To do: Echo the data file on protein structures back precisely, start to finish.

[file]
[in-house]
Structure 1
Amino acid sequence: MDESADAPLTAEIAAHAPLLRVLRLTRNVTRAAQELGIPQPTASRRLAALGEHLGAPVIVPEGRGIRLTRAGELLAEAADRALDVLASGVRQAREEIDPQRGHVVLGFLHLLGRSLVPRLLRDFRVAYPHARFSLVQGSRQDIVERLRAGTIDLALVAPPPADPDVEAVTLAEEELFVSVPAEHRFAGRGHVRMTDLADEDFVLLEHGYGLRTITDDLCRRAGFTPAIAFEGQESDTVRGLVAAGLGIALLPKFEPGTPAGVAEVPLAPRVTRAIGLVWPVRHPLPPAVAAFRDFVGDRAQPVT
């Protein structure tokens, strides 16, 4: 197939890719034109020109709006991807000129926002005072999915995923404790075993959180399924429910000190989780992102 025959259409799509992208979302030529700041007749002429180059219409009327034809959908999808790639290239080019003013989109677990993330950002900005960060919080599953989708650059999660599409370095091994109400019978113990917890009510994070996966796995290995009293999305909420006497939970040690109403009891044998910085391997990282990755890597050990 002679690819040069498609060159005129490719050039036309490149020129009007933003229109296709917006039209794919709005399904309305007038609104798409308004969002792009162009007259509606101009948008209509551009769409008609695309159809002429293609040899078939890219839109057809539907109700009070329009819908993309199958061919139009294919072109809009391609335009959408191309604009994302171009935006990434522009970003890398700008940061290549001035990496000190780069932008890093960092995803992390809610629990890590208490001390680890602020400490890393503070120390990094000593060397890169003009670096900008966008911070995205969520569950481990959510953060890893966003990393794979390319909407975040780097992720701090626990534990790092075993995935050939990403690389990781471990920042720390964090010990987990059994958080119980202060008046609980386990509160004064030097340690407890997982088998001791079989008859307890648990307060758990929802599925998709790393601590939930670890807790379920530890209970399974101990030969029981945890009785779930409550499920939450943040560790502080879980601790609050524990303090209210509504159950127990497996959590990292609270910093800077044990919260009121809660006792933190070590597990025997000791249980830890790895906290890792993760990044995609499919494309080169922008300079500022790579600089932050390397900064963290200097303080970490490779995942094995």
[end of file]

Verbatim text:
[in-house]
Structure 1
Amino acid sequence: MDESADAPLTAEIAAHAPLLRVLRLTRNVTRAAQELGIPQPTASRRLAALGEHLGAPVIVPEGRGIRLTRAGELLAEAADRALDVLASGVRQAREEIDPQRGHVVLGFLHLLGRSLVPRLLRDFRVAYPHARFSLVQGSRQDIVERLRAGTIDLALVAPPPADPDVEAVTLAEEELFVSVPAEHRFAGRGHVRMTDLADEDFVLLEHGYGLRTITDDLCRRAGFTPAIAFEGQESDTVRGLVAAGLGIALLPKFEPGTPAGVAEVPLAPRVTRAIGLVWPVRHPLPPAVAAFRDFVGDRAQPVT
């Protein structure tokens, strides 16, 4: 197939890719034109020109709006991807000129926002005072999915995923404790075993959180399924429910000190989780992102 025959259409799509992208979302030529700041007749002429180059219409009327034809959908999808790639290239080019003013989109677990993330950002900005960060919080599953989708650059999660599409370095091994109400019978113990917890009510994070996966796995290995009293999305909420006497939970040690109403009891044998910085391997990282990755890597050990 002679690819040069498609060159005129490719050039036309490149020129009007933003229109296709917006039209794919709005399904309305007038609104798409308004969002792009162009007259509606101009948008209509551009769409008609695309159809002429293609040899078939890219839109057809539907109700009070329009819908993309199958061919139009294919072109809009391609335009959408191309604009994302171009935006990434522009970003890398700008940061290549001035990496000190780069932008890093960092995803992390809610629990890590208490001390680890602020400490890393503070120390990094000593060397890169003009670096900008966008911070995205969520569950481990959510953060890893966003990393794979390319909407975040780097992720701090626990534990790092075993995935050939990403690389990781471990920042720390964090010990987990059994958080119980202060008046609980386990509160004064030097340690407890997982088998001791079989008859307890648990307060758990929802599925998709790393601590939930670890807790379920530890209970399974101990030969029981945890009785779930409550499920939450943040560790502080879980601790609050524990303090209210509504159950127990497996959590990292609270910093800077044990919260009121809660006792933190070590597990025997000791249980830890790895906290890792993760990044995609499919494309080169922008300079500022790579600089932050390397900064963290200097303080970490490779995942094995």